Netizens claim submarine crash may have caused Sewol sinking

Netizens claim submarine crash may have caused Sewol sinking
A teaser image of "Sewol X," a documentary film produced by a South Korean netizen and uploaded to YouTube.
PHOTO: The Korea Herald/Asia News Network

The deadly sinking of the Sewol ferry, which left 295 dead and nine missing back in 2014, may have been a result of a submarine crash, not a simple accident caused by overloaded freight, an anonymous online commenter claims in a self-directed documentary on the incident.

The Defence Ministry refuted the notion as a groundless suspicion.

This newly raised allegation further kindled widespread speculation that President Park Geun-hye neglected her duty as state supervisor and was receiving cosmetic procedures on the day of the tragedy -- allegations the ongoing parliamentary probe committee and special investigators are still seeking to prove.

A Facebook account named "Zaro -- Netizens' investigation team" stirred the interest of the public and media as it released via YouTube a documentary eight hours and 49 minutes long, which it claimed to "contain the hidden, unbiased truth" behind the April 16, 2014 tragedy.

The anonymous online operator, said to be a man in his 40s, has been known for in-depth investigations into high-profile irregularity cases.

Read also: Emotional graduation ceremony for Sewol ferry survivors

The name "Zaro" came into the spotlight when the user came up with tangible evidence in 2013 that the nation's spy agency had rigged online comments prior to the 2012 presidential election.

"I refuted all four reasons the prosecution suggested as causing the Sewol ferry," said the user Monday in a radio interview with CBS.

"My only intention is to seek the truth, without taking sides with anybody or being swayed by any prejudice."

Prosecutors earlier announced the causes of the accident were overloaded freight, displacement of cargo, the staff's lack of experience and the outdated facilities of the ship -- thus eschewing outside factors.

The private investigator, however, claimed a misdirected submarine collided with the unfortunate ferry that day and the Navy attempted to conceal the truth for the sake of reputation.

"The radar scope at Jindo's vessel traffic service centre caught sight of an orange object, which experts saw as a freight container (falling out of the tilted ferry)," he said.

But at the time, the ship was not tilted enough, so the unidentified object may have been neither a container nor any other structures on the scene, according to Zaro.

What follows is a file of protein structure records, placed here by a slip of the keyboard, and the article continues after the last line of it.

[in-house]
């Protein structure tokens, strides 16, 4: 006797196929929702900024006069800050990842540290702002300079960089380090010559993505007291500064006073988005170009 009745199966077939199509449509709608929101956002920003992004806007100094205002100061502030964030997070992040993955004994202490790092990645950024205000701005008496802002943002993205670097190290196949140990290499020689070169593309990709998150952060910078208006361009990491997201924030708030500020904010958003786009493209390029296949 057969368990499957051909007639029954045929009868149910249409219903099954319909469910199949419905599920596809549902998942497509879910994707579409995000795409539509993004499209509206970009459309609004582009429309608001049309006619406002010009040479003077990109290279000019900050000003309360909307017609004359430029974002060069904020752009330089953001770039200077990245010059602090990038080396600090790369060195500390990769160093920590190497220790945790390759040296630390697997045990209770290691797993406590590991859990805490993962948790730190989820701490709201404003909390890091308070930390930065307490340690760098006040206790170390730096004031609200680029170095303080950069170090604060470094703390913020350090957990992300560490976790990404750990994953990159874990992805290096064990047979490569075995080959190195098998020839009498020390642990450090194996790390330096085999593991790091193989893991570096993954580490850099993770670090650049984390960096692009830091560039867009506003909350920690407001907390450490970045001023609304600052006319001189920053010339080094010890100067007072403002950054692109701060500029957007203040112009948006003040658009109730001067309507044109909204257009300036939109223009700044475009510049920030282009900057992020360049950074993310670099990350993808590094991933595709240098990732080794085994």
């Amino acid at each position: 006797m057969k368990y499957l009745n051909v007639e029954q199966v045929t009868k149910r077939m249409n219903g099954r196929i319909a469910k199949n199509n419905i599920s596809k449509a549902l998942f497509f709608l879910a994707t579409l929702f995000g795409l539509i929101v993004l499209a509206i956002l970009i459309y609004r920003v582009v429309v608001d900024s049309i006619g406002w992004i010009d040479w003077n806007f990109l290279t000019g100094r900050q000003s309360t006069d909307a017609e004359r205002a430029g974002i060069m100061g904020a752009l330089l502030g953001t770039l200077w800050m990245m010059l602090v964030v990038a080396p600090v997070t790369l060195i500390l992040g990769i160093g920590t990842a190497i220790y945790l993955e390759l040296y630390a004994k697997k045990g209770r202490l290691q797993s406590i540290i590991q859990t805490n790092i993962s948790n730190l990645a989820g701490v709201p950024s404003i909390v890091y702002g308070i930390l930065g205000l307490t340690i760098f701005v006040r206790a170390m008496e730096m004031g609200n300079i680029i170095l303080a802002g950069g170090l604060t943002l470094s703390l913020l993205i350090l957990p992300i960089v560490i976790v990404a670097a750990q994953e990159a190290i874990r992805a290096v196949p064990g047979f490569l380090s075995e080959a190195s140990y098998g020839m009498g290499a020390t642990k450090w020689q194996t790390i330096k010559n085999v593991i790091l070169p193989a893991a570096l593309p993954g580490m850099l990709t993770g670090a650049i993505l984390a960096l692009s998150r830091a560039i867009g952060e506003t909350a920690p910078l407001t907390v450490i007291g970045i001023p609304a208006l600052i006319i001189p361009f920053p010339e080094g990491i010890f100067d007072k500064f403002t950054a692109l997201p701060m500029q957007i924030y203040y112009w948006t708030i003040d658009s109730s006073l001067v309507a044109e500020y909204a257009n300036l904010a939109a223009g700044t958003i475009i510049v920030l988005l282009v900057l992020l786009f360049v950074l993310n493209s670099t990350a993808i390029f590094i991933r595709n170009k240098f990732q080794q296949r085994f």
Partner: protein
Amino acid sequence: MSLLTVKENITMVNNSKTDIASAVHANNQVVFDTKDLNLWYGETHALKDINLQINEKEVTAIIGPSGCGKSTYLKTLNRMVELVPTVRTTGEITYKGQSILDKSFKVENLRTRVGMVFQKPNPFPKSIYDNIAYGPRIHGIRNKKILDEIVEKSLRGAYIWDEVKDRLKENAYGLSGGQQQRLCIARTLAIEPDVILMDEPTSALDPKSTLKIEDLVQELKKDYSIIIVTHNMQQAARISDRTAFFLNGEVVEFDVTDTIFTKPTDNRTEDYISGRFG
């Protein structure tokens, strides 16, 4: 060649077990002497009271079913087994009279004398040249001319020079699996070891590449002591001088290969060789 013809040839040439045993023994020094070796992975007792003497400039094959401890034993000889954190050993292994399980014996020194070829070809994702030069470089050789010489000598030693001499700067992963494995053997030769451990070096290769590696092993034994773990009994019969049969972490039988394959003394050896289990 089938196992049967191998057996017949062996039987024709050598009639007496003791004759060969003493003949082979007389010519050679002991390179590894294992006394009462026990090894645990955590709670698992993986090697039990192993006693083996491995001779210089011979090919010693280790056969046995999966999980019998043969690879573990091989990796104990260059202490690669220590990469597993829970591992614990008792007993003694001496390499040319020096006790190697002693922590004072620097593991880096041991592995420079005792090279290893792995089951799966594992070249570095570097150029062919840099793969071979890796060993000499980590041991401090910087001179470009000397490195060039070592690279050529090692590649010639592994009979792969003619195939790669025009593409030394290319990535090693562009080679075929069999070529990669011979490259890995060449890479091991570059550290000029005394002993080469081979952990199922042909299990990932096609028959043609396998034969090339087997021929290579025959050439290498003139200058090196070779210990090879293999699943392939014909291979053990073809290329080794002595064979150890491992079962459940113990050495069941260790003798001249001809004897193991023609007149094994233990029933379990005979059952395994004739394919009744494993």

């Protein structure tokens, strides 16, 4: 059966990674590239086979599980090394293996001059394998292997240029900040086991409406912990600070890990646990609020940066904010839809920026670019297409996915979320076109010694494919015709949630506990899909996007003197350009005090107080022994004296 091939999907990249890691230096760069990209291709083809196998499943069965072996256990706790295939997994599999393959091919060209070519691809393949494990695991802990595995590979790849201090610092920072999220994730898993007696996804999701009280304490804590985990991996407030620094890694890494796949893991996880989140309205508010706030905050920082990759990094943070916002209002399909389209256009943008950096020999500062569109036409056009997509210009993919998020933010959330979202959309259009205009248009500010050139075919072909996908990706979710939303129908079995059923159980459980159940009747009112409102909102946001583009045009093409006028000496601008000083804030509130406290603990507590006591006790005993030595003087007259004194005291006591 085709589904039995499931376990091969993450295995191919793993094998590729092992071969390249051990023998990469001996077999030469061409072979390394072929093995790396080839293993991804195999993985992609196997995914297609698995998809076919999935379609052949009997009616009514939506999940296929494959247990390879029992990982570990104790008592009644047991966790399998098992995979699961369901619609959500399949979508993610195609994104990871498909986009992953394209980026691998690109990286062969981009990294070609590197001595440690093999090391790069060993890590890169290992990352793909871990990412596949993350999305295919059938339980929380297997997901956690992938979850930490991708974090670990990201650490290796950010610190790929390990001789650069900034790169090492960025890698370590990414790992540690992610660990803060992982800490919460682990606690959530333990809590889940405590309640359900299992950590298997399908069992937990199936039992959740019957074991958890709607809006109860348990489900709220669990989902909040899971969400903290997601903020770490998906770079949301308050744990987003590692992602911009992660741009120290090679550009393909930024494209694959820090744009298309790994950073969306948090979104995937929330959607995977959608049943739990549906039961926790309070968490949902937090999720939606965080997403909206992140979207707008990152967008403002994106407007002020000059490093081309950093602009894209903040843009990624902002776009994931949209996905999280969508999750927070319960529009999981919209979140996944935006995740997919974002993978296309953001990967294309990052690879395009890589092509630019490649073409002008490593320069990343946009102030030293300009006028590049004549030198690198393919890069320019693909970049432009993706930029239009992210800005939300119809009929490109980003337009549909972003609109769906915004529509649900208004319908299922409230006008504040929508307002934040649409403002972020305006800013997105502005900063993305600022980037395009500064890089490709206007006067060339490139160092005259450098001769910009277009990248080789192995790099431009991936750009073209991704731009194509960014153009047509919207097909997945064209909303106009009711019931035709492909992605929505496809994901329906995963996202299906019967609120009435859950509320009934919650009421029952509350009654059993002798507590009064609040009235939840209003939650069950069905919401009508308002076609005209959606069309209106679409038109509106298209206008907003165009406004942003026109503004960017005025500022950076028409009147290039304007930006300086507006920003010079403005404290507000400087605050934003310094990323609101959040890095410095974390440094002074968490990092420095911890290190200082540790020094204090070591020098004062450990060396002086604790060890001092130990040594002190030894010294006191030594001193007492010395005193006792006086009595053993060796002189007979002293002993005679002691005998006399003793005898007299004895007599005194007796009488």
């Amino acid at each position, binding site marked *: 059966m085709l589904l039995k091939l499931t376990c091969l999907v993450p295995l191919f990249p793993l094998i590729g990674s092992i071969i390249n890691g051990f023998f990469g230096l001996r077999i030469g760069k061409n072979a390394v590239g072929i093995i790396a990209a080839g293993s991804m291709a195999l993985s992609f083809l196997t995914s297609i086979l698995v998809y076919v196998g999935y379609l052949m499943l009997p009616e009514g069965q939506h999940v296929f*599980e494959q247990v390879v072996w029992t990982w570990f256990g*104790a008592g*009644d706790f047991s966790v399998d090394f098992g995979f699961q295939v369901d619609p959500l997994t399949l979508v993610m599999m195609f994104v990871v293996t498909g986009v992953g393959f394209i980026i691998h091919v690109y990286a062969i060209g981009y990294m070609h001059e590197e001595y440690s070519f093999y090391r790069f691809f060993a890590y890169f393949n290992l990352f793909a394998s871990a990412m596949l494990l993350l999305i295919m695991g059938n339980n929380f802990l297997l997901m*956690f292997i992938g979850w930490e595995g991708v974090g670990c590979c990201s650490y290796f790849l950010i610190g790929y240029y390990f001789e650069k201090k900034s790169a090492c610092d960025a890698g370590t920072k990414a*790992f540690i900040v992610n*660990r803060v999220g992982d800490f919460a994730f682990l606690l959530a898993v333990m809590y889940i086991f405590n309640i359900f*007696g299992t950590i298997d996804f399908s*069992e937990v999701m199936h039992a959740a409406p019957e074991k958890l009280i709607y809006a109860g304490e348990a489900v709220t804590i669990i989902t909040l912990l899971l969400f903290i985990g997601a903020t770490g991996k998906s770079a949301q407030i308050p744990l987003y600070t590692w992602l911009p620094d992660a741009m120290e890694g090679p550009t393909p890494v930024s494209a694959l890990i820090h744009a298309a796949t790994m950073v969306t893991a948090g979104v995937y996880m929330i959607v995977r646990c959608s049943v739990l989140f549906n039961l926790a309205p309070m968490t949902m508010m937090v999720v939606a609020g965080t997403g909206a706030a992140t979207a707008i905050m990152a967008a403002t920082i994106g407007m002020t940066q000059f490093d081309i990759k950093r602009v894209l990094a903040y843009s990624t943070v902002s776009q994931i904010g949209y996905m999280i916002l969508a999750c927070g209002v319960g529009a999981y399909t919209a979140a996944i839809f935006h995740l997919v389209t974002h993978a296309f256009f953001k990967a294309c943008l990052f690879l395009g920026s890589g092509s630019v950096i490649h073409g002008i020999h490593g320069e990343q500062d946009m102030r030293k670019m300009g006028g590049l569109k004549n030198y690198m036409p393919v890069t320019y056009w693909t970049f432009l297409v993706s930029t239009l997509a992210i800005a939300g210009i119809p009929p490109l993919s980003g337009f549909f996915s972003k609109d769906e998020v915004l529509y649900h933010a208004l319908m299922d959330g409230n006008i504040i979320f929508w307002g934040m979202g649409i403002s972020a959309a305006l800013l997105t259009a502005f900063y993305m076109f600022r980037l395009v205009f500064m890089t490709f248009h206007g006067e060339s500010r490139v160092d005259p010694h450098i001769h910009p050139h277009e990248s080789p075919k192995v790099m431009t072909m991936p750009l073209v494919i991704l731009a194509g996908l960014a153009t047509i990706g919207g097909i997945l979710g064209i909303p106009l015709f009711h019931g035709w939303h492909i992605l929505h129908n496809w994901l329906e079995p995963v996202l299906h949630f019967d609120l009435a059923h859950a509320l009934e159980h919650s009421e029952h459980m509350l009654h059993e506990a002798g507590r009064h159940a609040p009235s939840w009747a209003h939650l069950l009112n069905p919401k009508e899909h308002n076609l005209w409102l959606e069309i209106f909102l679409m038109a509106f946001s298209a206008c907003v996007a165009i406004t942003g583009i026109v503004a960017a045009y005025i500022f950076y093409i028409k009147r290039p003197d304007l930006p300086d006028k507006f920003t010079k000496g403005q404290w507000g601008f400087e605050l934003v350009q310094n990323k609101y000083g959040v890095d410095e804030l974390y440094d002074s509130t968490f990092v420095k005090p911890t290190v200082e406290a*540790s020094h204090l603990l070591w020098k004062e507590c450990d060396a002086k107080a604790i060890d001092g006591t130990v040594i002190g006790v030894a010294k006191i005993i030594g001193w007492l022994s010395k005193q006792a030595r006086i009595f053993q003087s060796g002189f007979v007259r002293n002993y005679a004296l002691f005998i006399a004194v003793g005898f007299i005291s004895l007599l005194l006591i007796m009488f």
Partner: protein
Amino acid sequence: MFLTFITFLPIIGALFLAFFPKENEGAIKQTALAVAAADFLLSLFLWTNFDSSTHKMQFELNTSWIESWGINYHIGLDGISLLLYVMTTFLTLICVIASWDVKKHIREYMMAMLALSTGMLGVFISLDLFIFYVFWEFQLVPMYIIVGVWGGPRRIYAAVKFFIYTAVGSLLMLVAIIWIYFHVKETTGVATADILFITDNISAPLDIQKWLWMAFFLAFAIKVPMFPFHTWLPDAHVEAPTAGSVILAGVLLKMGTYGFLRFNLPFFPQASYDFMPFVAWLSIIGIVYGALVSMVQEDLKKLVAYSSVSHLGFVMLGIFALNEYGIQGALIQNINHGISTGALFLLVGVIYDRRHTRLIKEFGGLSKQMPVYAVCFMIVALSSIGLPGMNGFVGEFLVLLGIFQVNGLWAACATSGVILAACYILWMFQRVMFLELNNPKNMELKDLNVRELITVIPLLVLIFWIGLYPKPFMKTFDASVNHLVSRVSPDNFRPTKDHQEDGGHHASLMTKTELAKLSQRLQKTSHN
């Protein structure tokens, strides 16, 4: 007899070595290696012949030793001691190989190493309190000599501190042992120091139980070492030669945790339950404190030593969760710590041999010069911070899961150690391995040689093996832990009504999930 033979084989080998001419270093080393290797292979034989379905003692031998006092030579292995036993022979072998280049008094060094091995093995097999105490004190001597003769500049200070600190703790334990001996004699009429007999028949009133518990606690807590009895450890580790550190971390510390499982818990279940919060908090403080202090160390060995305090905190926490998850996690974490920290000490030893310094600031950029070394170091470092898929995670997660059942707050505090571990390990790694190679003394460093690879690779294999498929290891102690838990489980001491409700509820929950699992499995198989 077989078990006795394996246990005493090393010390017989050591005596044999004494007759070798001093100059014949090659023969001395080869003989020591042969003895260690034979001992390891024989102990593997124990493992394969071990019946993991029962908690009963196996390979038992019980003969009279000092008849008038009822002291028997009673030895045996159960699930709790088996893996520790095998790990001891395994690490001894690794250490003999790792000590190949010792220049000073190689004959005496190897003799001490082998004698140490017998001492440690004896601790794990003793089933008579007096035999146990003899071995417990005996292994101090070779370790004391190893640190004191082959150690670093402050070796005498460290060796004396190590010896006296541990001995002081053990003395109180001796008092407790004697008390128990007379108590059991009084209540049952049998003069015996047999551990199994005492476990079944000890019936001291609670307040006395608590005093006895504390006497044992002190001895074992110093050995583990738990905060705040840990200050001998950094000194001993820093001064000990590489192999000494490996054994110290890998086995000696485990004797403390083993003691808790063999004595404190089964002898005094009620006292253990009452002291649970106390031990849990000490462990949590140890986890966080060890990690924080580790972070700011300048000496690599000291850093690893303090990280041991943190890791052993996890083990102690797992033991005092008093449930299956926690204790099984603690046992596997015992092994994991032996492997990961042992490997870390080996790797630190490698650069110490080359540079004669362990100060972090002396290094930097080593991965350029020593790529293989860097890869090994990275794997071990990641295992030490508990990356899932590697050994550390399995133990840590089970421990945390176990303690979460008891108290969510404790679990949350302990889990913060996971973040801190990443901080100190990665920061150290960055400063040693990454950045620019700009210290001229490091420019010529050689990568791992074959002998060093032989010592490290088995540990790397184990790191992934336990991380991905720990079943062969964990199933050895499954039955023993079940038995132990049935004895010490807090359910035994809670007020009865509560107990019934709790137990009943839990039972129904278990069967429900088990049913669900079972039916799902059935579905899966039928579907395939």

He also pointed out that the sailing track of the sunken ferry did not match conventional tracks, pointing to an outside factor such as a submarine collision.

"Several of the survivors testified to a crashing sound hitting on the vessel before it started tilting, and two of them were at the time located near the port, suggesting a physical shock on the outside of the underwater port," Zaro said through his documentary clip.

To back his submarine collision theory, the investigator quoted Kim Kwan-mook, a nanoscience professor at Ewha Womans University.

The operator then added a hypothesis: the Navy may have concealed the submarine crash, so as to keep its safety record intact.

Read also:

The South Korean Navy, in the year following the ferry accident, established a new record of sailing 23 years without accident.

"This unprecedented record and reputation leads to an economic effect of at least several trillions of won, and I couldn't help but wonder if this was what delayed the rescue actions or what deterred the president from revealing further details of that day," he said.

Officials immediately denied the allegations, claiming there were no military operations or drills in the nearby waters on the day of the accident.

"The waters were 37 meters deep on average and not suitable for submarine action," said Defence Ministry spokesperson Moon Sang-gyun on Monday.

But when requested to reveal the corresponding radar recordings, the official merely reserved his stance, saying he would "check whether the given records still exist."

Meanwhile, President Park Geun-hye and investigators remain gridlocked over Park's actions during the seven hours during which she remained out of public sight on the day of the ferry's sinking.

The Constitutional Court, which is deliberating on Park's impeachment resolution, had demanded last week that the president submit a detailed timeline by Tuesday to answer the doubts.

More about

Purchase this article for republication.

BRANDINSIDER

SPONSORED

Most Read

Your daily good stuff - AsiaOne stories delivered straight to your inbox
By signing up, you agree to our Privacy policy and Terms and Conditions.